THE CHARACTERS: The cast is 99% male with one token woman. That's because The Affair of the Gallows Tree (1930) deals with road construction, engineering and forestry service. Not at all career paths chosen by women back in the day, gang. Our token female character exists for love interest, of course, and to provide the requisite screams and terror. She's the one who finds the body hanging in the tree and is almost immediately dismissed as a "nervous case" with a wild imagination when the body disappears. Her name is Nova Thorne and the only non-cliche part of her role is her profession. She's the modern music composer. Nova has come to the forest to do research on the pitch and tonal quality of babbling brooks, the sound of the wind, and all of the unusual animal and bird noises she can train her ears on and then convert them into musical tributes to Mother Nature. She gets help in matching the sounds to each particular animal and bird from a Native American guide named Rance and sometimes from deputy ranger.
|Art work detail from the cover of|
L'albero della forca, the Italian edition
The rest of the cast is a surly, temperamental lot as might be expected of men who do hard labor and are in constant battle with the weather and other natural forces. There's James "Black" Emmett, the head engineer with more trouble than he can deal with; the foul-mouthed, violent Irishman Lonergan, foreman of the construction crew; a rebellious local homesteader named Jape Lord who is suspected of leading a ring of saboteurs who want to put an end to the road being built through their land; and the overly intellectual and officious Vaughn, an engineer who speaks for the state of California and won't listen to reason. Vaughn gets into several verbal and physical fights, lands a black eye from Lonergan's fist and is purportedly the body found hanging in the tree. But until the body can be found no one really knows who it is. Since Vaughn seemed to vanish Boldrewood and the rest of the men are convinced it's him. He certainly made himself well hated among everyone involved in the construction project.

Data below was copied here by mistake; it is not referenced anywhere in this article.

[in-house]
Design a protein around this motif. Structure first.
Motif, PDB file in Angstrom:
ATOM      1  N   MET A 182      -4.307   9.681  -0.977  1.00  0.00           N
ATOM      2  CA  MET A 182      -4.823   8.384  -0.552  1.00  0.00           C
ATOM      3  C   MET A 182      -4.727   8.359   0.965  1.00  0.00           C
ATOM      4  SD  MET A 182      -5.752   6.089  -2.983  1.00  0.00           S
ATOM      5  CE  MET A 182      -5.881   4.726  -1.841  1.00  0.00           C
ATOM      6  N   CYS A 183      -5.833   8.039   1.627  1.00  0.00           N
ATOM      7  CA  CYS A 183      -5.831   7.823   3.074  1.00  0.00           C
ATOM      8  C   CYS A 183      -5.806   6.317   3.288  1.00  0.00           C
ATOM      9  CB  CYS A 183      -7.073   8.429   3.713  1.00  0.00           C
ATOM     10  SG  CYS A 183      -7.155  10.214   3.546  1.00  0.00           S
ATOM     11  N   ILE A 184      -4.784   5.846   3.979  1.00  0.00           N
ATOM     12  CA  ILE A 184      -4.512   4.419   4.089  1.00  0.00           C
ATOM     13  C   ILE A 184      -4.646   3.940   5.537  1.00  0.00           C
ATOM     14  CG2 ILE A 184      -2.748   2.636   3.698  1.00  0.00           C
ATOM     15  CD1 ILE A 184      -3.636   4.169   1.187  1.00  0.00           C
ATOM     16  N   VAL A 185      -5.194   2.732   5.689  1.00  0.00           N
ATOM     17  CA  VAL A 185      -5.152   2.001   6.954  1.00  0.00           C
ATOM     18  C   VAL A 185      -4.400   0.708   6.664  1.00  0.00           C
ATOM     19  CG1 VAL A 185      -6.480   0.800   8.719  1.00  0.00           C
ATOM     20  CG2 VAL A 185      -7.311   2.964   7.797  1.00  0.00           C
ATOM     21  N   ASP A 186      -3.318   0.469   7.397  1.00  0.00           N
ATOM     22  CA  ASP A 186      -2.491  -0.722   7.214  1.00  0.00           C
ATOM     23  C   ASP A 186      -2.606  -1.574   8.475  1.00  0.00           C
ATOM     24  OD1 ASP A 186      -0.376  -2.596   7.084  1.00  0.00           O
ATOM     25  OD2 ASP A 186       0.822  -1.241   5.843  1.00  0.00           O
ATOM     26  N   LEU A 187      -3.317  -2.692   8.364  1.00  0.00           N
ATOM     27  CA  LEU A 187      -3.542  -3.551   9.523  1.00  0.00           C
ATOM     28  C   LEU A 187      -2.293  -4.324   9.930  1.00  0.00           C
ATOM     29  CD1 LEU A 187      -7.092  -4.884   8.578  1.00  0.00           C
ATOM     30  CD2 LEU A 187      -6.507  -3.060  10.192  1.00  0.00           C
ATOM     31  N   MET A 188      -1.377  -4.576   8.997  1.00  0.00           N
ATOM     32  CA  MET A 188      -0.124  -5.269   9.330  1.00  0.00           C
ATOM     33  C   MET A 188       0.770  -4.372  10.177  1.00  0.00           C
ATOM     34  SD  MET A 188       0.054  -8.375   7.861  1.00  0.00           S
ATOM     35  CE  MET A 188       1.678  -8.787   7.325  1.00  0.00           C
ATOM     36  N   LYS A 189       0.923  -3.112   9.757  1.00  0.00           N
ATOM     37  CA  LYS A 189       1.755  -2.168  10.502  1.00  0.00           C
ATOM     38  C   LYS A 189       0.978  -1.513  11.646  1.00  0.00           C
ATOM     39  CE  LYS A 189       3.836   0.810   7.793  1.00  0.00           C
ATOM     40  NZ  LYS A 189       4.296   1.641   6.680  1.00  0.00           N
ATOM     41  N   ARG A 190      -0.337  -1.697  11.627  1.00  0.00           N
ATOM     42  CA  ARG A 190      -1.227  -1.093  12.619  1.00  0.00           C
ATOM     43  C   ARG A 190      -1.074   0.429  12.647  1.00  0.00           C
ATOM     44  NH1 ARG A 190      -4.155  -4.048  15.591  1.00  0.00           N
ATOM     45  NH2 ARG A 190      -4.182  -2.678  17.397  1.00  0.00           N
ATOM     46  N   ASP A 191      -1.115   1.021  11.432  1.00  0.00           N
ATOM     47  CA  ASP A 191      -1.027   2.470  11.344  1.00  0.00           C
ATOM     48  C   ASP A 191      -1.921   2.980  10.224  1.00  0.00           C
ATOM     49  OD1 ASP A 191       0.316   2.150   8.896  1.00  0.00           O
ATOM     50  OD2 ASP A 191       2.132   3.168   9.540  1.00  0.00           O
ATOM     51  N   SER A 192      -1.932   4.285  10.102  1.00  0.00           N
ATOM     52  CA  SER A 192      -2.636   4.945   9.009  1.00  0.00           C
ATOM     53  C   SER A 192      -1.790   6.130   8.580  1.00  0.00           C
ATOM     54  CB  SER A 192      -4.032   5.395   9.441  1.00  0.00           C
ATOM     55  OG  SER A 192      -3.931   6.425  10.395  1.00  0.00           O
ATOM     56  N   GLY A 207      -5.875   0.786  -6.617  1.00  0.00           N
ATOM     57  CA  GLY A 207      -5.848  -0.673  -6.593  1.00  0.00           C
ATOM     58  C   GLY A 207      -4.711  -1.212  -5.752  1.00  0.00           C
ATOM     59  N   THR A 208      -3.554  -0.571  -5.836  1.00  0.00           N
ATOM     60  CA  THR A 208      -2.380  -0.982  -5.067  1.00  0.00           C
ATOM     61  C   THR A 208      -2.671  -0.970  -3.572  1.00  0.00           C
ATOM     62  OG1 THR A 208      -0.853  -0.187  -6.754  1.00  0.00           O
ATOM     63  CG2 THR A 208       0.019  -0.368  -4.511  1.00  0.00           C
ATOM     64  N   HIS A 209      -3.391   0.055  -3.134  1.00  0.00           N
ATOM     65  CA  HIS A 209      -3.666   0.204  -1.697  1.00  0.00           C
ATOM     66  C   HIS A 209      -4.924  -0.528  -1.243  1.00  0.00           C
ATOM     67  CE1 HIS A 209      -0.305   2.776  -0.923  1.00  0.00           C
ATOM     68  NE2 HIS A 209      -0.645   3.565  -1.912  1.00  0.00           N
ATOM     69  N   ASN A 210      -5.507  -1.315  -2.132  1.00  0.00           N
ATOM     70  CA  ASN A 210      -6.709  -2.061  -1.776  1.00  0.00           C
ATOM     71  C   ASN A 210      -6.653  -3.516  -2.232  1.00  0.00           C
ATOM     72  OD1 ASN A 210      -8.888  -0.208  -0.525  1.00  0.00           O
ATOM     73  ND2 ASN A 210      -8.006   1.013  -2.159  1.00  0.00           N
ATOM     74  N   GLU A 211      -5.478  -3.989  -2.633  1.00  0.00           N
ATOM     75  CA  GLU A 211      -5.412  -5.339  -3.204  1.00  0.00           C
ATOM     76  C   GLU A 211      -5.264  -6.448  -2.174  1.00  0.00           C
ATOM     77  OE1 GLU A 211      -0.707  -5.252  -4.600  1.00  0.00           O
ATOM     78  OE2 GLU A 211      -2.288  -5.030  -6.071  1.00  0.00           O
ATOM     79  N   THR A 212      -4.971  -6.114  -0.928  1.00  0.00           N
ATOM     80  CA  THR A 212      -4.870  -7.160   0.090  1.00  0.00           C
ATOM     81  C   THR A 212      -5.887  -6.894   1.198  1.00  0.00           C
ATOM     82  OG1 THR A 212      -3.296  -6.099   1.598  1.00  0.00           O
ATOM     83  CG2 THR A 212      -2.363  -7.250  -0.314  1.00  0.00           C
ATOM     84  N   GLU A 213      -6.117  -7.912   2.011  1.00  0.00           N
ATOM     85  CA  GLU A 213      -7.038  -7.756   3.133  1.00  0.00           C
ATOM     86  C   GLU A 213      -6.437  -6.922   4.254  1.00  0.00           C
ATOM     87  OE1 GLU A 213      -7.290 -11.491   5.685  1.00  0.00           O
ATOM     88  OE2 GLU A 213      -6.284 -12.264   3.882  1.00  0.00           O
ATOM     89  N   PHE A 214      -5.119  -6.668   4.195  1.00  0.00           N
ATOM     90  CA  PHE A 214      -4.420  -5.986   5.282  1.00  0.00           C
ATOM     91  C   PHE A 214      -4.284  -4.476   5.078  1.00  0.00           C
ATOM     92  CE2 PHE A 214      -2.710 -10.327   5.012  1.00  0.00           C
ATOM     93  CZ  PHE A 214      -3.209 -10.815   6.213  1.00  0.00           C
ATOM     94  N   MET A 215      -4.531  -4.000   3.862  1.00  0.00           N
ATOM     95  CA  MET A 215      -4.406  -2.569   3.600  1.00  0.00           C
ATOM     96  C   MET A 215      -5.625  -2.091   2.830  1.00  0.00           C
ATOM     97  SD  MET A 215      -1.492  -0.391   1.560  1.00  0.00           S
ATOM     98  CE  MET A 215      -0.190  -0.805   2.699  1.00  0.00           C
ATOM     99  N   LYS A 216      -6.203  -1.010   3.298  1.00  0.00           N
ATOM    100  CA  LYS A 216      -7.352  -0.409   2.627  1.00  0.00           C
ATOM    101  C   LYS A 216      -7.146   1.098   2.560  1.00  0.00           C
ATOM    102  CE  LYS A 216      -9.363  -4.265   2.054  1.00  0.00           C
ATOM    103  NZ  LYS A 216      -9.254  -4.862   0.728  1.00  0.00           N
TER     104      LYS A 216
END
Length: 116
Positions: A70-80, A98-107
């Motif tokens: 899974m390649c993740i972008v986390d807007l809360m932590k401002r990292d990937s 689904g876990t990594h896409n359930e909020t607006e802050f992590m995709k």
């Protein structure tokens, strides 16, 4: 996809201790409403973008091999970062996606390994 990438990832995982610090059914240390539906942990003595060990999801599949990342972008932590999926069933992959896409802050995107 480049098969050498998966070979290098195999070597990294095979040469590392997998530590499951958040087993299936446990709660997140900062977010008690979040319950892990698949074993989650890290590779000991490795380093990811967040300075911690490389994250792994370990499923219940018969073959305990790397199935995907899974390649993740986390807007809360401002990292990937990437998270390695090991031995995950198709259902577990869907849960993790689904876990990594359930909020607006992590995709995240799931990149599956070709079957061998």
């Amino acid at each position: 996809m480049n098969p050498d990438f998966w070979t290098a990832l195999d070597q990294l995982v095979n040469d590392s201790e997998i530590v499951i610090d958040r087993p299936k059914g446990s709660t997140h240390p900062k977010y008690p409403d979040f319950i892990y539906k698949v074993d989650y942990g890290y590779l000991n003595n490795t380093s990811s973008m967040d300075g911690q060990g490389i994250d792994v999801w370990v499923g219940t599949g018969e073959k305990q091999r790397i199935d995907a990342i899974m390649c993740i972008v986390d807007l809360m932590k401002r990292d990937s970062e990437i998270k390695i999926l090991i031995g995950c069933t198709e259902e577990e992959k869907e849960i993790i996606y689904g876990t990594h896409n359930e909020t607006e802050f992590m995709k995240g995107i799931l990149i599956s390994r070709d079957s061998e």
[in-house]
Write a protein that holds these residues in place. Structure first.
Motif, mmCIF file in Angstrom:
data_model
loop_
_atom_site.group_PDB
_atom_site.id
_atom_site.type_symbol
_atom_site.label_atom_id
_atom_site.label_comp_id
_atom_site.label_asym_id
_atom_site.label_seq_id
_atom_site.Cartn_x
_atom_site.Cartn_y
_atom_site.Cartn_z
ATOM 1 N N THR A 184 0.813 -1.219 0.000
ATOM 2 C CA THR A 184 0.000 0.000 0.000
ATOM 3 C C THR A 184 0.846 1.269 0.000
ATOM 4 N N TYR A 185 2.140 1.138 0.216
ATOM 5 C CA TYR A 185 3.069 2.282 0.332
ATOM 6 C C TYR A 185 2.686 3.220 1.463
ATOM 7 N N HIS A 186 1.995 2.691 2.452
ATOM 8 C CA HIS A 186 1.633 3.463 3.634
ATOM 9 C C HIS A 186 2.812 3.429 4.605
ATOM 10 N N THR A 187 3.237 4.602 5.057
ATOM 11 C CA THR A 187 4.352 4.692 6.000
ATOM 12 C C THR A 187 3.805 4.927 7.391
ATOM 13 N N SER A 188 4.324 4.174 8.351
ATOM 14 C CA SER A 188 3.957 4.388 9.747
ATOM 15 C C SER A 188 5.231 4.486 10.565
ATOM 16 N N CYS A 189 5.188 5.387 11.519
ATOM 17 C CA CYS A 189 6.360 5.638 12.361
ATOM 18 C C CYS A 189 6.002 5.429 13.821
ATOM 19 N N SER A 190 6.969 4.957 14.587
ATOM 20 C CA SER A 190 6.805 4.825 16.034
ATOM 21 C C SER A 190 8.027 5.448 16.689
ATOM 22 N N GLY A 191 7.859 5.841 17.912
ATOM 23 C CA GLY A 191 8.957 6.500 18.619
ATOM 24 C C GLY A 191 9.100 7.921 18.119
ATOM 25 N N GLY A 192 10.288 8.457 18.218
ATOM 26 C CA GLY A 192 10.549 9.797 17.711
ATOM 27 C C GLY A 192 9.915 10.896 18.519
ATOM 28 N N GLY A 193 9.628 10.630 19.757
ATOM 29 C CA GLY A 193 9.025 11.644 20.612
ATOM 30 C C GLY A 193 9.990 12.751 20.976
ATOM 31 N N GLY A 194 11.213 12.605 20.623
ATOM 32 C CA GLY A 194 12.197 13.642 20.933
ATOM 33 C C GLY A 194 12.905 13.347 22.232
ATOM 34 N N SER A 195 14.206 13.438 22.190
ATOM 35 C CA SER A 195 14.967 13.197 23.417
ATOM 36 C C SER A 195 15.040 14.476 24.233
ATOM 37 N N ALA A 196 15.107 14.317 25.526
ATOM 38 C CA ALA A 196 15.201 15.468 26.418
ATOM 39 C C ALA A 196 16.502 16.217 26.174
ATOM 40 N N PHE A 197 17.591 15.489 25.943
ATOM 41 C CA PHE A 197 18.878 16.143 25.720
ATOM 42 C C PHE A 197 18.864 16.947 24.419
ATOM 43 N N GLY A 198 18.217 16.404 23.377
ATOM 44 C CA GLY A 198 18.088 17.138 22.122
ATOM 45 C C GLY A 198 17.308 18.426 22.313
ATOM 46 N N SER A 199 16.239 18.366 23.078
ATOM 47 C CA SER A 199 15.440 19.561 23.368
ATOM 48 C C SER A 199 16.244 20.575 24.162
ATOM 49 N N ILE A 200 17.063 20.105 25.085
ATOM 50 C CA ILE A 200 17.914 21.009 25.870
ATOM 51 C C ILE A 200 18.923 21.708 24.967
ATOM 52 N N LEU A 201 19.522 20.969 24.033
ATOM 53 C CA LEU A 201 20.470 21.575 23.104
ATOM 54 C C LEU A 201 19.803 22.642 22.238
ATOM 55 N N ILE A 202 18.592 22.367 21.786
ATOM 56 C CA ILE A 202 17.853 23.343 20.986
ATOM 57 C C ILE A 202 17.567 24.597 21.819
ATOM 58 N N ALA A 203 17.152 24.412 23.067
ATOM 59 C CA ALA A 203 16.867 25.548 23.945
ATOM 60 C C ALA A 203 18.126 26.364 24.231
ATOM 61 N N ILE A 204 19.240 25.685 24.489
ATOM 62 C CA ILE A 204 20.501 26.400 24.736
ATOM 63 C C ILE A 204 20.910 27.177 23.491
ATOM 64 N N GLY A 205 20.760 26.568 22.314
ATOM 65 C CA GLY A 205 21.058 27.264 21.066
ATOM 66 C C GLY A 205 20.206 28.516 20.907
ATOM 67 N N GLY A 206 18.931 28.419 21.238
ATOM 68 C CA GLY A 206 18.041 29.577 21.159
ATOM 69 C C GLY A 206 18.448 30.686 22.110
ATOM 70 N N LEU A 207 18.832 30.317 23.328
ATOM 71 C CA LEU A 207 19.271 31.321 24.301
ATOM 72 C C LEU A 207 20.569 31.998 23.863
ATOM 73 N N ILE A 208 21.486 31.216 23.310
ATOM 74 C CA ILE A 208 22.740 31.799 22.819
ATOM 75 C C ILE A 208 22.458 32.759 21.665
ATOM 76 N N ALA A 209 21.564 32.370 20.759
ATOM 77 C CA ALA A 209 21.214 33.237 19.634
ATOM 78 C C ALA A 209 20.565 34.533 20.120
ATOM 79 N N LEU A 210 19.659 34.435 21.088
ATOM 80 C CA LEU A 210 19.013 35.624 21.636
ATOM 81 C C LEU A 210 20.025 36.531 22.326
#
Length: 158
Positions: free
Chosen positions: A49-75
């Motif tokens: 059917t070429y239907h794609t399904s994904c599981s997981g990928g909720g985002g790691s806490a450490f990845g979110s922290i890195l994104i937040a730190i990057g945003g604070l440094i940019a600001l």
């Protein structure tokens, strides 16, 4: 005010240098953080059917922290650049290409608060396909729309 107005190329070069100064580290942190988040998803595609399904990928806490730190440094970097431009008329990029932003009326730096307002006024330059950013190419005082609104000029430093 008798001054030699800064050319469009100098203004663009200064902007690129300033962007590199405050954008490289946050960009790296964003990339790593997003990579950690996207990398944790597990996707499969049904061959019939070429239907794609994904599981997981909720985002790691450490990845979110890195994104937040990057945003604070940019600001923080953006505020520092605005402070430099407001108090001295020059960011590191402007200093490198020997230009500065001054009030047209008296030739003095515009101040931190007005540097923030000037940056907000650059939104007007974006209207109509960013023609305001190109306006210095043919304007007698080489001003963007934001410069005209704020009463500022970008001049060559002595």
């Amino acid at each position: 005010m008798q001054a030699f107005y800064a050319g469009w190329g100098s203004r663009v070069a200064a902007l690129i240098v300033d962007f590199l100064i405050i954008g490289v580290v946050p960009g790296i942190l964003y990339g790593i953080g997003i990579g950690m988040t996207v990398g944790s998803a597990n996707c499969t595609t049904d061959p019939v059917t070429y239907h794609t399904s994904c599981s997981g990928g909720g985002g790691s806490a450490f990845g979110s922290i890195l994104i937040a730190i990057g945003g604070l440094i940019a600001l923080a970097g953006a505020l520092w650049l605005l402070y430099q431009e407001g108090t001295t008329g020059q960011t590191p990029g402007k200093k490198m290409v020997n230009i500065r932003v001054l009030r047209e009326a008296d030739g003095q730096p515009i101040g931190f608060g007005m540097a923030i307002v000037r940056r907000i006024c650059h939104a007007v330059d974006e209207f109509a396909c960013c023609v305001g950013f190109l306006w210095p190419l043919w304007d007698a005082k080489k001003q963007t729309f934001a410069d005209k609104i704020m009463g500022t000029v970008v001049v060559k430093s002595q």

INNOVATIONS: In this section usually I point out inventive uses of crime fiction plotting and storytelling techniques. But this time I'm going to point out a hilarious method of conveying swear words. As mentioned above Lonergan has a foul mouth, but rather than resorting to filling the page with his four letter word strewn speeches Chalmers does something very unusual. Here's an example:
"Is the [condemned] comp'ny so damned mean it makes a howl over a [quite sanguinary] rope? I'll buy another [doubly condemned] rope! Take it outa my [tainted] money!"Other bracketed synonyms used in place of well known epithets are [unsanctified], [ancestral mistake], [moral delinquent], and [pertaining to heredity]. I couldn't stop laughing at these. That is when I finally figured out what the swear word really was.
There is one bit of evidence that is intriguingly arcane. What appears to be a coded message turns out to be a pictographic language. Rance tells Boldrewood it's the Cree language. What that message turns out to be I won't reveal. This is one of the more outré bits in a highly engaging, unusually imaginative detective novel.
THINGS I LEARNED: Timber wolves roamed the hills in great numbers in northern California in 1930. The rangers need to keep an eye out for them. At one point in the story one character imitates the call of a wolf to signal to another person and this frightens the rangers into action. Rance has to calm everyone down by pointing out that the sound is not a real wolf.
pulling a lime bottle is an illegal method of catching fish. Fill a bottle with quicklime and seal that bottle with a cork that has a hole bored though it. Then as Jape Lord explains to the rangers: "Yuh drop it in a hole yuh know is lousy wit' big trout an' jes' wait till the lime gets wet enough to explode the [bottle]. Then yuh rakes in the trout ez come floatin' belly-up." I wonder if this is done anymore? A rod and reel are much easier, more relaxing and a lot less messy.
hegira - an exodus or migration. This comes from the name given to "Muhammad's departure from Mecca to Medina, prompted by the opposition of the merchants of Mecca and marking the consolidation of the first Muslim community." All that from the Merriam-Webster Dictionary.
|Star Novels (Midsummer 1932) contains|
an abridged version of the novel